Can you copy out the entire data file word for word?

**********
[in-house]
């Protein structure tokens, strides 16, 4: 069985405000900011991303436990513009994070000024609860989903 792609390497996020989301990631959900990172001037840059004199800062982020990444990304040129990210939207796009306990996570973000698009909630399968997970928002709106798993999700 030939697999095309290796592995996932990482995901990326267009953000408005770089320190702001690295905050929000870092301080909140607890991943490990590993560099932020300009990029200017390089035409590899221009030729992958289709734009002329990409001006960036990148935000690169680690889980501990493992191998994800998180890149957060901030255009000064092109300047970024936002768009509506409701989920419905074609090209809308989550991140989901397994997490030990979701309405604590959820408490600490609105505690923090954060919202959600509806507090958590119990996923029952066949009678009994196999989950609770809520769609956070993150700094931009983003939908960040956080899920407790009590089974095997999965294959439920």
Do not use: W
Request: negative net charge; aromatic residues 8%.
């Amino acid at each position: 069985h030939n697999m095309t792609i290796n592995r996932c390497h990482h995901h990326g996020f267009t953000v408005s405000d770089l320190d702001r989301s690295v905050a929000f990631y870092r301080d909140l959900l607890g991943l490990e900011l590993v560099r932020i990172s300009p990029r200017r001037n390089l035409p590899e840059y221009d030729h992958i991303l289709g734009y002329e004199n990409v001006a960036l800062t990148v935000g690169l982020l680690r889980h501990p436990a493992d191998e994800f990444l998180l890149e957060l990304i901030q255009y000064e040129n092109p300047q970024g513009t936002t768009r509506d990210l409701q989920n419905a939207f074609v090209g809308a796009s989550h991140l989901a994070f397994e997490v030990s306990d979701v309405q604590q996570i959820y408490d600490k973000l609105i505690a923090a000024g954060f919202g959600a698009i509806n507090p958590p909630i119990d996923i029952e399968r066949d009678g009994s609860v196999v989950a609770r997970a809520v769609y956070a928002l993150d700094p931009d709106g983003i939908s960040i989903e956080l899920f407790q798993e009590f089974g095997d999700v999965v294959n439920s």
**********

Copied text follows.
[in-house]
């Protein structure tokens, strides 16, 4: 069985405000900011991303436990513009994070000024609860989903 792609390497996020989301990631959900990172001037840059004199800062982020990444990304040129990210939207796009306990996570973000698009909630399968997970928002709106798993999700 030939697999095309290796592995996932990482995901990326267009953000408005770089320190702001690295905050929000870092301080909140607890991943490990590993560099932020300009990029200017390089035409590899221009030729992958289709734009002329990409001006960036990148935000690169680690889980501990493992191998994800998180890149957060901030255009000064092109300047970024936002768009509506409701989920419905074609090209809308989550991140989901397994997490030990979701309405604590959820408490600490609105505690923090954060919202959600509806507090958590119990996923029952066949009678009994196999989950609770809520769609956070993150700094931009983003939908960040956080899920407790009590089974095997999965294959439920």
Do not use: W
Request: negative net charge; aromatic residues 8%.
């Amino acid at each position: 069985h030939n697999m095309t792609i290796n592995r996932c390497h990482h995901h990326g996020f267009t953000v408005s405000d770089l320190d702001r989301s690295v905050a929000f990631y870092r301080d909140l959900l607890g991943l490990e900011l590993v560099r932020i990172s300009p990029r200017r001037n390089l035409p590899e840059y221009d030729h992958i991303l289709g734009y002329e004199n990409v001006a960036l800062t990148v935000g690169l982020l680690r889980h501990p436990a493992d191998e994800f990444l998180l890149e957060l990304i901030q255009y000064e040129n092109p300047q970024g513009t936002t768009r509506d990210l409701q989920n419905a939207f074609v090209g809308a796009s989550h991140l989901a994070f397994e997490v030990s306990d979701v309405q604590q996570i959820y408490d600490k973000l609105i505690a923090a000024g954060f919202g959600a698009i509806n507090p958590p909630i119990d996923i029952e399968r066949d009678g009994s609860v196999v989950a609770r997970a809520v769609y956070a928002l993150d700094p931009d709106g983003i939908s960040i989903e956080l899920f407790q798993e009590f089974g095997d999700v999965v294959n439920s």